It may sound stupid, but I see myself and many women striving or tormenting ourselves over things that may be important, but are much less important than us.
There are times when throwing something out or letting it go to waste is actually the right thing to do.
I may or may not have actually shed a few tears about my decision today, but if I did, it’s because I had come to the end of my emotional rope with just a few too many responsibilities weighing me down lately. Thankfully, life is actually going well right now, but there has just been a lot going on with many changes and the usual challenges. And I’ve been feeling overwhelmed and behind lately, especially since I lost several months of use of one hand when I cut my finger tendon.
So today was a day I needed to let myself off of the hook.
My dear husband came to my rescue by offering to take me out to dinner. We decided instead to stay at home and order some food to enjoy here, since I may have had puffy eyes and not enough energy to get myself looking decent enough for enjoying time in public. It’s rainy and very humid, so a bad hair day, too.
So I accepted his gracious offer and enjoyed sitting comfortably beside him thankfully enjoying our dinner made by someone else. We watched a couple of television shows and just chilled.
After dinner, I did a couple of things to get ready for another busy week. I took a frozen turkey out of my freezer (which needs desperately to be defrosted later this week), in hopes that I will be more successful in getting to cook that meat.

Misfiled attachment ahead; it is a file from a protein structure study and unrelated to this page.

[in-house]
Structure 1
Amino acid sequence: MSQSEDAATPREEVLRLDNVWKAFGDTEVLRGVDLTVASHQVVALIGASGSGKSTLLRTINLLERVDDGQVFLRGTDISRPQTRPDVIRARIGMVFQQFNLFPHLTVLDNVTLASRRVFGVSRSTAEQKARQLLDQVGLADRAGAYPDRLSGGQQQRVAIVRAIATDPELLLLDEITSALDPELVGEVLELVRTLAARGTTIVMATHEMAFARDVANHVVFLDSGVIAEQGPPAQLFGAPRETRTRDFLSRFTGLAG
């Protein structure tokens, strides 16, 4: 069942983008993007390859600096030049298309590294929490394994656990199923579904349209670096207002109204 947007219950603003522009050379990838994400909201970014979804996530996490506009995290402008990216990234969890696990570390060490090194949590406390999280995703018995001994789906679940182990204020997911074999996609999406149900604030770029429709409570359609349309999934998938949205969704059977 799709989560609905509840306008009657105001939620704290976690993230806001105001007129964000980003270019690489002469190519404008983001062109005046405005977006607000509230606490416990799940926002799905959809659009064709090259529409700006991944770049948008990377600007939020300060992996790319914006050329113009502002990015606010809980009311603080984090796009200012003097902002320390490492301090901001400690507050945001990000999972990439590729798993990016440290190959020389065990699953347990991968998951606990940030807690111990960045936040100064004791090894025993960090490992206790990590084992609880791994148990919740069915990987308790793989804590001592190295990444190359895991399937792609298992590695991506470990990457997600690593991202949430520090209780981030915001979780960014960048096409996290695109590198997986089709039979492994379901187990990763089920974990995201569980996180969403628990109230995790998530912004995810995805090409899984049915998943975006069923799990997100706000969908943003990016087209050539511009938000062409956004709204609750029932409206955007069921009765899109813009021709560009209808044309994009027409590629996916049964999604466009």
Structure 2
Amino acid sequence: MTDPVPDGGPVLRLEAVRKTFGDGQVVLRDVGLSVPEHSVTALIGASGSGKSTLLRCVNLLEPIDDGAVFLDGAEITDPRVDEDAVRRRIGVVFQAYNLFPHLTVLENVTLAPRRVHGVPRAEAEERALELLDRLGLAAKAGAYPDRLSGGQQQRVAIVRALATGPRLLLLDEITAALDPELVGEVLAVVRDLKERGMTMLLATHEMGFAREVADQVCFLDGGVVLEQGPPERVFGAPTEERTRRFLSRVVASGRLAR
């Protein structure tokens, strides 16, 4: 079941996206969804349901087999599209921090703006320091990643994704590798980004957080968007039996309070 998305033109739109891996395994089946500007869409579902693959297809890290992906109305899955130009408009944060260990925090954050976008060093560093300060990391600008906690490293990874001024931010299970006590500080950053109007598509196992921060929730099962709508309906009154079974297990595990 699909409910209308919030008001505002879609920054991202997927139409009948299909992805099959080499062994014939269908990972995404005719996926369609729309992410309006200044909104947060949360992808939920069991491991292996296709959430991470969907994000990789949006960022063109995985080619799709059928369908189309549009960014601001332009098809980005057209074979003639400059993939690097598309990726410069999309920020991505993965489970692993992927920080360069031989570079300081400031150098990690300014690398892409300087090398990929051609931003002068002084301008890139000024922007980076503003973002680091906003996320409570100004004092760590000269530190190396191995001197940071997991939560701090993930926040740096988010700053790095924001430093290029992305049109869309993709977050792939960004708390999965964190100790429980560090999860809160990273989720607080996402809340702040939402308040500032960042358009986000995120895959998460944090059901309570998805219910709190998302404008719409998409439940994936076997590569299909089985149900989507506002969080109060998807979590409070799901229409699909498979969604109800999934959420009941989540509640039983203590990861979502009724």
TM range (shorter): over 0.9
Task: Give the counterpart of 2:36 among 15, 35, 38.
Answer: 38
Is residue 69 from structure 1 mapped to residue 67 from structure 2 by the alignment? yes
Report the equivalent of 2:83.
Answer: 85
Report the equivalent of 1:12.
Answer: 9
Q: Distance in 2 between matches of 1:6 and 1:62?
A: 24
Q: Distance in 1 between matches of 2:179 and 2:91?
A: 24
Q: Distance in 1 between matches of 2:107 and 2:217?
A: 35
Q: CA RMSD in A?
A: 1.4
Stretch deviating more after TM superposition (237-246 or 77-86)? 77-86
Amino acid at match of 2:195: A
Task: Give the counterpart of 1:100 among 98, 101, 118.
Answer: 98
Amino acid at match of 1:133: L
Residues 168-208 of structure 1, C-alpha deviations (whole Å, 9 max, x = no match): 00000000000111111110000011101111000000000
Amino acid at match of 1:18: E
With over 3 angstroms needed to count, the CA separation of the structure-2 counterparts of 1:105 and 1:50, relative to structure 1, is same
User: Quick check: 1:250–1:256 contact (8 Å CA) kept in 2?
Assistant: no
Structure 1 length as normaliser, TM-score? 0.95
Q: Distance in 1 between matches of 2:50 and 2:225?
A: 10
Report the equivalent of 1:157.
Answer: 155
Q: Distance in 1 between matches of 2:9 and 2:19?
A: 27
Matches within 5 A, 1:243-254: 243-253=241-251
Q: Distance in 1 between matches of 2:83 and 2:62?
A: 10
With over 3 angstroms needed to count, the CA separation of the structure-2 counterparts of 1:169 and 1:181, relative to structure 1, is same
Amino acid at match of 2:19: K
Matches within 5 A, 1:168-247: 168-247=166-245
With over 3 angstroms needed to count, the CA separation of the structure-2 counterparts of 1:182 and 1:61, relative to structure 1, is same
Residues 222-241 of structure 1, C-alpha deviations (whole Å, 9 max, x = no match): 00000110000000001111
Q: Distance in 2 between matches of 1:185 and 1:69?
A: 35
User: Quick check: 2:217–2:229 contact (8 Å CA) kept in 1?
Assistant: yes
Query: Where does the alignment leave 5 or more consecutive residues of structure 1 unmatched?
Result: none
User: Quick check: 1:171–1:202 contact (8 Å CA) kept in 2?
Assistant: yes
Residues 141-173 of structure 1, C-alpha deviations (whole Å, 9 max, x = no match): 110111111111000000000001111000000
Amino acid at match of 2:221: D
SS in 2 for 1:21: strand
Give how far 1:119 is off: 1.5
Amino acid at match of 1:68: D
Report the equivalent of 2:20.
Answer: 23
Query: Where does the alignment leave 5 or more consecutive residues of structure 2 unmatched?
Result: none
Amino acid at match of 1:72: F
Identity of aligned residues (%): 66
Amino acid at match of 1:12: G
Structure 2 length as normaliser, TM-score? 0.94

I now feel I may just have the strength to do this week better because I took some time to care for myself.
And I am worth it.
Here are some simple ways you can prioritize care for yourself:
- Stop and breathe or stretch.
- Take a walk or get some exercise.
- Enjoy a warm (or cold) drink.
- Let it go!
- Do something fun.
- Listen to music.
- Take a nap or go to bed early.
- Leave it to someone else.
- Do it later.
- Settle for “good enough”.
- Spend some time with someone you love.
- Have some “alone” time.
- Take a warm bath or a cool shower.
- Simplify your responsibility.
- Ask for help.
Although these are just some quick ideas I came up with, I’ve written in more detail about ways we can care for ourselves when we’re feeling run-down or our emotions are frazzled.
We all need to realize when enough is enough. Sometimes we may need more help or even the counsel or advice of a professional.
Most of the time we just need to cut ourselves some slack, and prioritize our own care.
Then we can have the renewed strength to be our best for God and others.